Former teammates Lauren Jackson, Sue Bird, Diana Taurasi together again
Three stars have broken Russian connection, will meet Saturday when Storm visits Phoenix.
Seattle Times staff reporter
Storm @ Phoenix Mercury, 7 p.m.
Sue Bird tipped back in her locker-room seat and crinkled her nose.
"You think anyone would read it?" the point guard asked recently of a possible book regarding her, Storm teammate Lauren Jackson and Phoenix guard Diana Taurasi's tale of playing and living in Russia together.
It was an experience that ended with the November assassination of beloved Spartak team owner Shabtai von Kalmanovic, a businessman and former KGB spy. It broke up the trio's overseas link, as Jackson didn't return. Bird and Taurasi did return, but Taurasi has signed with Turkish club Fenerbahce for the 2010-11 offseason.
But they'll meet again at 7 p.m. Saturday when Taurasi's defending champion Mercury (1-0) hosts the Storm (2-0).
"Looking back on it, the team we had, I'd like to put it up against any women's team ever — WNBA, Olympics, whatever it may be," Taurasi said of Spartak's three EuroLeague championship teams that included the trio, plus new Storm player Svetlana Abrosimova for one season.
"We really did have that kind of synergy on the court," Taurasi continued. "At the time, and maybe still, we had three players at the three most key positions at the top of their game. It was so much fun to be on that court."
Off the court was even better. Kalmanovic signed the players to contracts worth four times their WNBA salaries. He put them in a palatial villa equipped with a chef and a baby grand piano so Taurasi could learn to play, and hired drivers to take them anywhere.
After wins, there were cash bonuses for top players or key plays. Kalmanovic fronted shopping trips to Paris and flew in families to be sure no one was homesick through the long winters. He even worked with their agents to have NBA trainer Todd Troxel work with the trio on their skills in 2009, attention Taurasi credits to her winning her first WNBA MVP award upon return.
The treatment brought a smile to Abrosimova's face. She remembered when her former University of Connecticut teammates used to tease her about being from Russia. She played for UMMC Ekatinerberg this past winter.
"They'd ask, 'Do you even have TVs in Russia? Do you drive cars?' " said Abrosimova, who won an NCAA championship with Bird and Storm forward Swin Cash in 2000. "To know that all of these players now play in my country and get all of the best treatment, I feel special about it. But it spoiled some players.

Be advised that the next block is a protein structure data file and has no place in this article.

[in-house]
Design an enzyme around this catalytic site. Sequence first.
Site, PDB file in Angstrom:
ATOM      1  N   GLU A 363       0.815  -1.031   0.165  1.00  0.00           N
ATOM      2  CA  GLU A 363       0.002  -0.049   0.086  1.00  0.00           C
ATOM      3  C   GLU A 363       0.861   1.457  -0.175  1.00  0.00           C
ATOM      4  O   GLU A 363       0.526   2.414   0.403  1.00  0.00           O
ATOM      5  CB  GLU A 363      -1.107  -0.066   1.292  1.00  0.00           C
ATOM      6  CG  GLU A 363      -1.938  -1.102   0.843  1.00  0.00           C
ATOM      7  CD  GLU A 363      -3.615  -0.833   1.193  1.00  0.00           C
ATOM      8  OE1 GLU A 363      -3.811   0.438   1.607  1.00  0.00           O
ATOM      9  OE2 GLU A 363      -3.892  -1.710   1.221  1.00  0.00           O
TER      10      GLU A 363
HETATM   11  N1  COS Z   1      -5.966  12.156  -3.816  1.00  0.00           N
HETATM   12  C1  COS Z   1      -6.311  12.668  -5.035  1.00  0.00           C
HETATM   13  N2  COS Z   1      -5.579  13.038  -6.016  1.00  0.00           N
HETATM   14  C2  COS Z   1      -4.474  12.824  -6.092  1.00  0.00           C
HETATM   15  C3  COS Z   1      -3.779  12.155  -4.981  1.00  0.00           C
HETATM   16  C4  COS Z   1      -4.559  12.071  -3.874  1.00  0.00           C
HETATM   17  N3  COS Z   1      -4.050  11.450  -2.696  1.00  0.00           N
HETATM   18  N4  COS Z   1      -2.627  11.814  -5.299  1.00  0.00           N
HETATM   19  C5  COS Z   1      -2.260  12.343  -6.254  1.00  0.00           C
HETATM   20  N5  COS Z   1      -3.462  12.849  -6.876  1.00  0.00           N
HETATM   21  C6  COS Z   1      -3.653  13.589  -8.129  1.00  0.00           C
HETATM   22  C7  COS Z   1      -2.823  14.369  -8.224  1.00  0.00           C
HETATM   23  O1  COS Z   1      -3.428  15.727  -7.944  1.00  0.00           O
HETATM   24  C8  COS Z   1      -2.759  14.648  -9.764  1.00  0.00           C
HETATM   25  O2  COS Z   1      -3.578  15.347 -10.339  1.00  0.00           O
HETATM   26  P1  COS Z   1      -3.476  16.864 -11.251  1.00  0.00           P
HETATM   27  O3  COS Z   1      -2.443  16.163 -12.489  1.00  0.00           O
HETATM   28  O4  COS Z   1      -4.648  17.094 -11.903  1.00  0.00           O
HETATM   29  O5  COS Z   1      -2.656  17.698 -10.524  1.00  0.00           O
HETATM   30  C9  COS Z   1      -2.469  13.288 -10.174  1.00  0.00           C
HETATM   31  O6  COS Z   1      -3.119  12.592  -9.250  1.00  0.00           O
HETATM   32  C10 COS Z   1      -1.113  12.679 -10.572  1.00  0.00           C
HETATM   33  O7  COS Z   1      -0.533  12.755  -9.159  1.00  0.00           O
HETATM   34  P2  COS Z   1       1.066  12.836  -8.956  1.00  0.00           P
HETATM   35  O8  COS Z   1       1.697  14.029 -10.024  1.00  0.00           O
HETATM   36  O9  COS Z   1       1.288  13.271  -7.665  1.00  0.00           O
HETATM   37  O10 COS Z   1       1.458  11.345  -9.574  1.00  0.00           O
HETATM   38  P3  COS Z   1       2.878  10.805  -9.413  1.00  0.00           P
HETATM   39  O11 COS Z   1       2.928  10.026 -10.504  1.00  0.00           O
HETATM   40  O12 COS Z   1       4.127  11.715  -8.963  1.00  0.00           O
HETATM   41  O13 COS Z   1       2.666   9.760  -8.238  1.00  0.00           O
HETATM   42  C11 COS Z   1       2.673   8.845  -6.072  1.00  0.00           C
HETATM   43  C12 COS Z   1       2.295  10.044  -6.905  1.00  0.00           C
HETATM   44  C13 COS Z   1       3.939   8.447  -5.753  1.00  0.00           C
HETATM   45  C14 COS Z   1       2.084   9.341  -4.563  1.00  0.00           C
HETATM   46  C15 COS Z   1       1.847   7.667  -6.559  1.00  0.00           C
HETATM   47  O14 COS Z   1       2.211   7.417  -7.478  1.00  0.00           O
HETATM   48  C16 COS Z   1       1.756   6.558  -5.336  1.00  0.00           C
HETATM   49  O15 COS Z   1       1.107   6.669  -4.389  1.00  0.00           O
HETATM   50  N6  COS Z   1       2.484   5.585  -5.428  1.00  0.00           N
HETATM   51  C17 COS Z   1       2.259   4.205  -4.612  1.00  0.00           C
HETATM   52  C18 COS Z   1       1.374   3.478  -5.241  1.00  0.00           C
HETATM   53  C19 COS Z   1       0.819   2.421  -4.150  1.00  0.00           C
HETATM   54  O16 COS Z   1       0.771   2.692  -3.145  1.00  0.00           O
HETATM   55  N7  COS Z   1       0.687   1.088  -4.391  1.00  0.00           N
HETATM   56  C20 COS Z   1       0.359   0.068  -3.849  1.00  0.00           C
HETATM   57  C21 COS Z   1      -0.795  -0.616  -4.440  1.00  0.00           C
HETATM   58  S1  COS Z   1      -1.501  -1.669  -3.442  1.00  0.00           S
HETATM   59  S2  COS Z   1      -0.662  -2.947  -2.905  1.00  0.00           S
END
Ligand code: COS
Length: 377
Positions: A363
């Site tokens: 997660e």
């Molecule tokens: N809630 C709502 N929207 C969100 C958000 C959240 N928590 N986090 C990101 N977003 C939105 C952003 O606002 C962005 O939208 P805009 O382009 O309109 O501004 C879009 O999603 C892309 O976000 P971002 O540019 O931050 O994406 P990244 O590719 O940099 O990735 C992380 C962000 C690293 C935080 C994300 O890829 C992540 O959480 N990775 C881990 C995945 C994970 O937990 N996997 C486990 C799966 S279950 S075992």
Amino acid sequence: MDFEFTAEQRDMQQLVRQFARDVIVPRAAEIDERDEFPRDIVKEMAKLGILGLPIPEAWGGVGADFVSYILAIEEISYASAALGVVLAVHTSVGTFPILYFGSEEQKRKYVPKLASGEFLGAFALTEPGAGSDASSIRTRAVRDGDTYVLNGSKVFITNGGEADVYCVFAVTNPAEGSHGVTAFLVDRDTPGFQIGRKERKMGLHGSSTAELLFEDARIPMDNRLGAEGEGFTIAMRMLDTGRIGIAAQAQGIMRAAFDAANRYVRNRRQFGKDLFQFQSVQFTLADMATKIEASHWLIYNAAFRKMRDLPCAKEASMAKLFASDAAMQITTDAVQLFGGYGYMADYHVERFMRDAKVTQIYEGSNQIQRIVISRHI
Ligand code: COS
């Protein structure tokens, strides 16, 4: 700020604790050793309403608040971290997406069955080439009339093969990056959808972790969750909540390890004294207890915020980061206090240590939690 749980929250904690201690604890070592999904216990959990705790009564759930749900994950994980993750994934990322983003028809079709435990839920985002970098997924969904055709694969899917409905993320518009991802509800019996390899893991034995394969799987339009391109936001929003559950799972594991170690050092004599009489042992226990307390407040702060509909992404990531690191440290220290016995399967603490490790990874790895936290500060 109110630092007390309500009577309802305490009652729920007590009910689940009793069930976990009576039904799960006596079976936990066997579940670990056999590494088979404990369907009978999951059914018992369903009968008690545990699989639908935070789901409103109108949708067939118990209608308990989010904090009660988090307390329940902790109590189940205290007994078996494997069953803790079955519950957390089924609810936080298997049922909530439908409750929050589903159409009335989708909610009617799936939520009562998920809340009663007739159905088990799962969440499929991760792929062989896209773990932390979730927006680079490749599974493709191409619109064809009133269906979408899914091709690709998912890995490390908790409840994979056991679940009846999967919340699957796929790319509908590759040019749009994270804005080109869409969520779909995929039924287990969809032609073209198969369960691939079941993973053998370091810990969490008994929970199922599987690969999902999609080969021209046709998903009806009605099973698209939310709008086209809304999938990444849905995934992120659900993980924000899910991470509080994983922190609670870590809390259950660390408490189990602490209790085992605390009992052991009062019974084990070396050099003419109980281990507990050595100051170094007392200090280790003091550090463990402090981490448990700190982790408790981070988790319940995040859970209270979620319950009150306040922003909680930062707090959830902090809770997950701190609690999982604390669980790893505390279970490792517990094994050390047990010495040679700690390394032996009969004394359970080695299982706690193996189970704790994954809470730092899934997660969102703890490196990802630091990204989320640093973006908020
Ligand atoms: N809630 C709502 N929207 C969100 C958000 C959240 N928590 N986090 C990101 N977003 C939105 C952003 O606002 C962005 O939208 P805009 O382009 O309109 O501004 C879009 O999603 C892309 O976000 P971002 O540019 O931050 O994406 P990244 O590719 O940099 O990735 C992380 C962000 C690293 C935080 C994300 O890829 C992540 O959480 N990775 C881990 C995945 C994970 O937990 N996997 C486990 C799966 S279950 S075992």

"Without Shabtai, it's down a bit. You never experience anything like that in your life because he loved his players. Every day was something new. He would come to practice and put $400 on the floor and say, 'Let's do a three-point contest.' He was smart and knew how to make everyone feel special."
That's one reason Jackson didn't want to return after Kalmanovic's funeral in Israel. Jackson was already suffering from two stress fractures in her lower back, having missed the Storm's final six regular-season games and a second consecutive postseason.
So, she opted out of her Russian contract and remained in Australia to rehabilitate. By January, she was playing for her former Canberra Capitals, helping to lead them to a WNBL title.
"When I got injured last year, it felt like the end of the world for me," said Jackson, who is averaging 20.5 points, 9 rebounds and 3.5 blocks. "Never in your wildest dreams can you imagine someone you care about like that getting murdered. I kept in touch with everyone and they were amazing — to go and play without Shabs. I don't know if I could have handled it."
Bird remained in her native New York after Kalmanovic's murder, reconnecting with her family. She watched her older sister run a marathon and get engaged. She returned to Russia in January. She had to take deep breaths when visits to the home arena by Kalmanovic's sons reminded her of him.
She lived in the villa with Taurasi, again, helping the team to win a fourth consecutive EuroLeague title. The team wore all black uniforms, tucking pictures of Kalmanovic given to them by coach Pokey Chatman in their socks. Taurasi slipped hers in her sports bra, close to her heart.
"I don't think anyone will understand how we felt," said Jackson, who has re-signed to play with Spartak next winter with Bird. "Because of him, I feel a sense of loyalty to the team."
Jayda Evans: 206-464-2067 or email@example.com
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